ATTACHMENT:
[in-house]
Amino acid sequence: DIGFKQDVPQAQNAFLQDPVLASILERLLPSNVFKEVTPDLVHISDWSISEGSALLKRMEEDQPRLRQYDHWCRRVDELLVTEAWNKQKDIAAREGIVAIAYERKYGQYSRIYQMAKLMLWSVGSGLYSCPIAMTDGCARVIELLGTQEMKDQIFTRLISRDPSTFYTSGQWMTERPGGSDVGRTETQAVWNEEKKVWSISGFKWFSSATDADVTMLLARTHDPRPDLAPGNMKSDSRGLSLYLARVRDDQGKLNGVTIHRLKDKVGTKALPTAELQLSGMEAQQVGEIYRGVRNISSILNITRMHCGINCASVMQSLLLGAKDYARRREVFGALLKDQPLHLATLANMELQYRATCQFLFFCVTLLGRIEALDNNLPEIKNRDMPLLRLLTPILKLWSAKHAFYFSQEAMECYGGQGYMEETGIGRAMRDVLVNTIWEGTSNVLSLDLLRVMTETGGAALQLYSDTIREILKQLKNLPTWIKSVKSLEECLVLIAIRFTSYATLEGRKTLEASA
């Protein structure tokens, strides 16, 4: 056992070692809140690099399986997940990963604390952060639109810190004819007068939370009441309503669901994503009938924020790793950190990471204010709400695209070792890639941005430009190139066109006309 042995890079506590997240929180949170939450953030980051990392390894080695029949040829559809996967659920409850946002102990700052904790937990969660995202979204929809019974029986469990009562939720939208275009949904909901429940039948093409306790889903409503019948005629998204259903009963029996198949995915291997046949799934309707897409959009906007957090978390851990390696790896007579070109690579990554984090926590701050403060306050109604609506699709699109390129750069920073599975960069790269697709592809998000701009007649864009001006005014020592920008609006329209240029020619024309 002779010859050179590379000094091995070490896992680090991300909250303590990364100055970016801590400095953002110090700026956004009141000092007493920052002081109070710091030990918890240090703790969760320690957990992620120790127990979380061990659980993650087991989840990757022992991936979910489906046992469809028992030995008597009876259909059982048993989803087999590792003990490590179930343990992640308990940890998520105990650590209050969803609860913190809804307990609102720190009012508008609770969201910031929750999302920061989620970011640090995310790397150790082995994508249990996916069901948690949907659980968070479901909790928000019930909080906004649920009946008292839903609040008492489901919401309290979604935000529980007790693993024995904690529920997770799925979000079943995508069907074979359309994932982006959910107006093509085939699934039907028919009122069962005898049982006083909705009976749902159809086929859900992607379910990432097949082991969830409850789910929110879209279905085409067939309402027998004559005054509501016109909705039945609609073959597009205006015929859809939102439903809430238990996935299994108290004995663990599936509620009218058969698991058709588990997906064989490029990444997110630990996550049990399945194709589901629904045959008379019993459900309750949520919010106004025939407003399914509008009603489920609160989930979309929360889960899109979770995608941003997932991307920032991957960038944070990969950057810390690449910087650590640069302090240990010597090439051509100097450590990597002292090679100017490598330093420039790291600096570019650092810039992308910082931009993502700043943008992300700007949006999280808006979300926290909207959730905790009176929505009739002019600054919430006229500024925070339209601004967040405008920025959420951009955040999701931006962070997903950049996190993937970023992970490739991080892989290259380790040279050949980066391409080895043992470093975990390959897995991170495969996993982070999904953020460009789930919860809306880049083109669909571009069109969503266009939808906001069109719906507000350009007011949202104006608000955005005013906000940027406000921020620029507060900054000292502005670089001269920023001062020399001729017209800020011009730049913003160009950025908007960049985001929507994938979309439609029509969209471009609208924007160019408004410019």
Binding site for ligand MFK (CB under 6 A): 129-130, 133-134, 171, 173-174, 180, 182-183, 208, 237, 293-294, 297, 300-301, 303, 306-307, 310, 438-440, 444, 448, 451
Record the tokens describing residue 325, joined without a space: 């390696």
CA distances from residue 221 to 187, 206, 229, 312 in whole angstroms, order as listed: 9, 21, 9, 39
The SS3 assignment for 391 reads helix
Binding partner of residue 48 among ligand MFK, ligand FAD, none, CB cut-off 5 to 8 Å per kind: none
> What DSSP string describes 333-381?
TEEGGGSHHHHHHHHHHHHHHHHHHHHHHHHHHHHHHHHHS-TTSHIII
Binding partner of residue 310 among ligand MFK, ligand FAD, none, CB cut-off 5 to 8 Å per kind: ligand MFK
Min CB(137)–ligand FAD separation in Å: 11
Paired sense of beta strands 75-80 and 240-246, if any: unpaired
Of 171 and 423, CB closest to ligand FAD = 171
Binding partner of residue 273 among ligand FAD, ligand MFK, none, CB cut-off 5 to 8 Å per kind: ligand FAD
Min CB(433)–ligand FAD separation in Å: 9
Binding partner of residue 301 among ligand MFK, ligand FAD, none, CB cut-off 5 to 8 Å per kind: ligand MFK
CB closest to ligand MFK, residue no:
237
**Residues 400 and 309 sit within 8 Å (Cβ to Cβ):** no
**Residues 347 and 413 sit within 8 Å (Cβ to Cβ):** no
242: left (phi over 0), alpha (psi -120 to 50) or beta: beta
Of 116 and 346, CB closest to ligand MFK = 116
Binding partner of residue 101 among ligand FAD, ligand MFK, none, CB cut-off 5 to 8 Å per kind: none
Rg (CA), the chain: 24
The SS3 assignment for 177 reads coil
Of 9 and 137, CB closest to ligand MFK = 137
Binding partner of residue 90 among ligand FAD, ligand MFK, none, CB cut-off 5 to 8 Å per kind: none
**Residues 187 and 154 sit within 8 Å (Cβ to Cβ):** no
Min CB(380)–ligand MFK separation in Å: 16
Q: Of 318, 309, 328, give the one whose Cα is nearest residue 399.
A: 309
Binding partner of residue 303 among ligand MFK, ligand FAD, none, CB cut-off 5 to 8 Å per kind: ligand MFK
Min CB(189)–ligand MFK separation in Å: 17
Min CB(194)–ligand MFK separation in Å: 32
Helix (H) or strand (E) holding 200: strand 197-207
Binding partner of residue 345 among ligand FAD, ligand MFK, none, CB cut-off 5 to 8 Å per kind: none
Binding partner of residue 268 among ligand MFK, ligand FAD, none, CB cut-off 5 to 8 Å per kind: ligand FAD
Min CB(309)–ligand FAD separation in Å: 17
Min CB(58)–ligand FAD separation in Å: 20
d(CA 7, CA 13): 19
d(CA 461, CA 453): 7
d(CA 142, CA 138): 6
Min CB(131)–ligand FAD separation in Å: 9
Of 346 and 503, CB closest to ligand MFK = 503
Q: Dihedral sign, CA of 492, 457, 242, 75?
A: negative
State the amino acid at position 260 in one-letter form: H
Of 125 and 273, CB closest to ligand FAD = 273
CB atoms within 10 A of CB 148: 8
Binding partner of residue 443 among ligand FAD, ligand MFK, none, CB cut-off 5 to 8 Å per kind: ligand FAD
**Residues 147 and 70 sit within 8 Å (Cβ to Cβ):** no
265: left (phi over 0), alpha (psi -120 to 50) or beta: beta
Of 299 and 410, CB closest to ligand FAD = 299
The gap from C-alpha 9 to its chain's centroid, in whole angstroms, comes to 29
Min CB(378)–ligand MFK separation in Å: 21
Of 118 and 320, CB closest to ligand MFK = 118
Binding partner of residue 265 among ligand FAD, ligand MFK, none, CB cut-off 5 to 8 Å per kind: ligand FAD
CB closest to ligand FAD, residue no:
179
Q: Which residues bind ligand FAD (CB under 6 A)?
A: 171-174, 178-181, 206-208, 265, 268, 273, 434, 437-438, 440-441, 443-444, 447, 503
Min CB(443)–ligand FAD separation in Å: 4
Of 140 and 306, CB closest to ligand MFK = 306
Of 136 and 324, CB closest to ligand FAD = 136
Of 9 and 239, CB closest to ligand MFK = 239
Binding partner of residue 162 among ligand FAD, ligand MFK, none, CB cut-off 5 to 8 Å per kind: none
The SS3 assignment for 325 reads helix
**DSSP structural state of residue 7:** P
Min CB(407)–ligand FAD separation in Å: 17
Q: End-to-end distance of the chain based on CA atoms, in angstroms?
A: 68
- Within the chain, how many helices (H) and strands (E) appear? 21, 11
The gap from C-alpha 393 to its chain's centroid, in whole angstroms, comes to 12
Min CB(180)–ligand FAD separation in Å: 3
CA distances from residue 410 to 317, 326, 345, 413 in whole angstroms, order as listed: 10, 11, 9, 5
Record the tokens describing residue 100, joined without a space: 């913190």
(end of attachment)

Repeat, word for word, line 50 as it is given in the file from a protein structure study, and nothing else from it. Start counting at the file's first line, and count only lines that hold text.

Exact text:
CB atoms within 10 A of CB 148: 8